anonymous
  • anonymous
PLEASE HELP WITH RATIONALIZING DENOMINATORS
Mathematics
  • Stacey Warren - Expert brainly.com
Hey! We 've verified this expert answer for you, click below to unlock the details :)
SOLVED
At vero eos et accusamus et iusto odio dignissimos ducimus qui blanditiis praesentium voluptatum deleniti atque corrupti quos dolores et quas molestias excepturi sint occaecati cupiditate non provident, similique sunt in culpa qui officia deserunt mollitia animi, id est laborum et dolorum fuga. Et harum quidem rerum facilis est et expedita distinctio. Nam libero tempore, cum soluta nobis est eligendi optio cumque nihil impedit quo minus id quod maxime placeat facere possimus, omnis voluptas assumenda est, omnis dolor repellendus. Itaque earum rerum hic tenetur a sapiente delectus, ut aut reiciendis voluptatibus maiores alias consequatur aut perferendis doloribus asperiores repellat.
jamiebookeater
  • jamiebookeater
I got my questions answered at brainly.com in under 10 minutes. Go to brainly.com now for free help!
anonymous
  • anonymous
example?
anonymous
  • anonymous
\[D= SQRT* 3(1450) OVER 2\]
anonymous
  • anonymous
It's a word problem. it is a principle of radical that is over the 3h and 2 fraction. h=1450

Looking for something else?

Not the answer you are looking for? Search for more explanations.

More answers

anonymous
  • anonymous
\[\sqrt[3]{\frac{1450}{2}}\]
anonymous
  • anonymous
no
anonymous
  • anonymous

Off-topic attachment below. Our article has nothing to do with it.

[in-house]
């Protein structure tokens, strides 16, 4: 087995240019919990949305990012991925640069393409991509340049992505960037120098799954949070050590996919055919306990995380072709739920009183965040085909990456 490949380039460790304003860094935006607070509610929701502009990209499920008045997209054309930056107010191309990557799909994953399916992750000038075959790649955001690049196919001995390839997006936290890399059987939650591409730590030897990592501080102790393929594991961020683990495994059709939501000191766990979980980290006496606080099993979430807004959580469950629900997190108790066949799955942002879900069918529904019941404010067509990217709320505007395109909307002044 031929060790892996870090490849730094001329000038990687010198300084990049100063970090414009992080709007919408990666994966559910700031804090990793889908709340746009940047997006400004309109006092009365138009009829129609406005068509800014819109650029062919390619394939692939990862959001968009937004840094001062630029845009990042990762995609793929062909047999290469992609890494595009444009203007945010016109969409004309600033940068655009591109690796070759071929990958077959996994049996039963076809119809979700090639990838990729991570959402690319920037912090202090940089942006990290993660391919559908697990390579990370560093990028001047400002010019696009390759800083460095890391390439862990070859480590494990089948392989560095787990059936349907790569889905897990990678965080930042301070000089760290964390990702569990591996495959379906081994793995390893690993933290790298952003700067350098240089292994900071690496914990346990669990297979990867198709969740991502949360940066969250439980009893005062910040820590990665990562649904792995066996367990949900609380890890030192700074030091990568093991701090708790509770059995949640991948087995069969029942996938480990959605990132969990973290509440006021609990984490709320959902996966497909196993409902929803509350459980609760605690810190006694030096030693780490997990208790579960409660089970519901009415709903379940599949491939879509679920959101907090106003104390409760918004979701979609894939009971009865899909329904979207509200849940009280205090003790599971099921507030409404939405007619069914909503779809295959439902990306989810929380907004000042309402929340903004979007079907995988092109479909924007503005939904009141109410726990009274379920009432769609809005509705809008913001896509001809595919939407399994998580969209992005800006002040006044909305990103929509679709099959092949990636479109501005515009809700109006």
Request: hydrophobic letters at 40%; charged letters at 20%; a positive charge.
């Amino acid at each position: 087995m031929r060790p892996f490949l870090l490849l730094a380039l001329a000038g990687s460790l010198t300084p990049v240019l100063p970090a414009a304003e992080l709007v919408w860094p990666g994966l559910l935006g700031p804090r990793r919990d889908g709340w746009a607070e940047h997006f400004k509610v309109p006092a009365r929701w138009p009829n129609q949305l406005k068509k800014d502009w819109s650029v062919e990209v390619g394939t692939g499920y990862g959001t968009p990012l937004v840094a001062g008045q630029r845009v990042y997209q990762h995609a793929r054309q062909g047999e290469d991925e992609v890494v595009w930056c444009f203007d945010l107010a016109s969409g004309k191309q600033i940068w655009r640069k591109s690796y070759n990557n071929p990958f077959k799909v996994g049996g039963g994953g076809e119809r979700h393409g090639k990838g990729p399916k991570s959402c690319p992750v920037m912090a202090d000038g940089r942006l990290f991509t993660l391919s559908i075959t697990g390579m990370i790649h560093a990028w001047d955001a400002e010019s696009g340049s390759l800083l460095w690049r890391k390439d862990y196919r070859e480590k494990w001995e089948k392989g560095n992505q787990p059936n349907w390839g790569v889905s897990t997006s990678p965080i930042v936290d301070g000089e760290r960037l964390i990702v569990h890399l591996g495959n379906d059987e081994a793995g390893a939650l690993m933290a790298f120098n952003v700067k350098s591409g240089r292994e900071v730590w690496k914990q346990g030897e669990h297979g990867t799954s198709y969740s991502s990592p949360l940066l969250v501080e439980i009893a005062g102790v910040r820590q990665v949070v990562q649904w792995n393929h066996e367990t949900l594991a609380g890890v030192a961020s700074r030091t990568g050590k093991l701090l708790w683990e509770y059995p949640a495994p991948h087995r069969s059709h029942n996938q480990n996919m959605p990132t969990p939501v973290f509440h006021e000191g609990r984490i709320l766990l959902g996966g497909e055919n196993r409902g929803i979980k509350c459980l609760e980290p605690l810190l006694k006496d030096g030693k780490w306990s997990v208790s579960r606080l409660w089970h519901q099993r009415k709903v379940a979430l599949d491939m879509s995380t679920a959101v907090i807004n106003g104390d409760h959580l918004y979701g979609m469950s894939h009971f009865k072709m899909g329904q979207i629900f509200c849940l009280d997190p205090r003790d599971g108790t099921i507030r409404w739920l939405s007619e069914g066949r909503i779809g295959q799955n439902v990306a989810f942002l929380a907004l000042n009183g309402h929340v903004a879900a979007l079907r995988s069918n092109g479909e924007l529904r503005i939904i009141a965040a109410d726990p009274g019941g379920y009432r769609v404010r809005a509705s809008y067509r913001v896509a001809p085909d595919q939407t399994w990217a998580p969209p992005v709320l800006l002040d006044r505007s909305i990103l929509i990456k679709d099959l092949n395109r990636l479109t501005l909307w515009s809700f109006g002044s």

is it a square root or a cube root?
anonymous
  • anonymous
d=sqrt* 3H over 2
anonymous
  • anonymous
square root--the one that is longer and then splits into two smaller ones as the next step.
anonymous
  • anonymous
3h and 2 is a fraction. sqrt goes over the both of them--just one. I get that you then break it down by placing two radicals over each den and num. lost on the next step
anonymous
  • anonymous
\[\sqrt{\frac{3\times 1450}{2}}\]
anonymous
  • anonymous
correct
anonymous
  • anonymous
that one?
anonymous
  • anonymous
and am trying to find D
anonymous
  • anonymous
divide first, then take the square root
anonymous
  • anonymous
so take the den of 2 and place it under D?
anonymous
  • anonymous
before plugging in H=1450?
anonymous
  • anonymous
yes you can divide first. you have \[\frac{3\times 1450}{2}=2175\]
anonymous
  • anonymous
mhm
anonymous
  • anonymous
would I have to square both sets of numbers?
anonymous
  • anonymous
then take the square root. \[\frac{\sqrt{a}}{\sqrt{b}}=\sqrt{\frac{a}{b}}\]
anonymous
  • anonymous
or both sides of the equal sign??
anonymous
  • anonymous
if you are just trying to compute the square root of that number, no. just use a calculator
anonymous
  • anonymous
okay- go one
anonymous
  • anonymous
go on
anonymous
  • anonymous
rationalizing denominators means something else. for example \[\frac{1}{\sqrt{2}}=\frac{\sqrt{2}}{2}\]
anonymous
  • anonymous
but if you just want a number you can compute inside the radical and then take the square root
anonymous
  • anonymous
what did you get for the answer?
anonymous
  • anonymous
46.64 rounded. in radical form i got \[5\sqrt{87}\]
anonymous
  • anonymous
that is not the answer.
anonymous
  • anonymous
it is 47, but thanks any way. haha
anonymous
  • anonymous
ok fine lol

Looking for something else?

Not the answer you are looking for? Search for more explanations.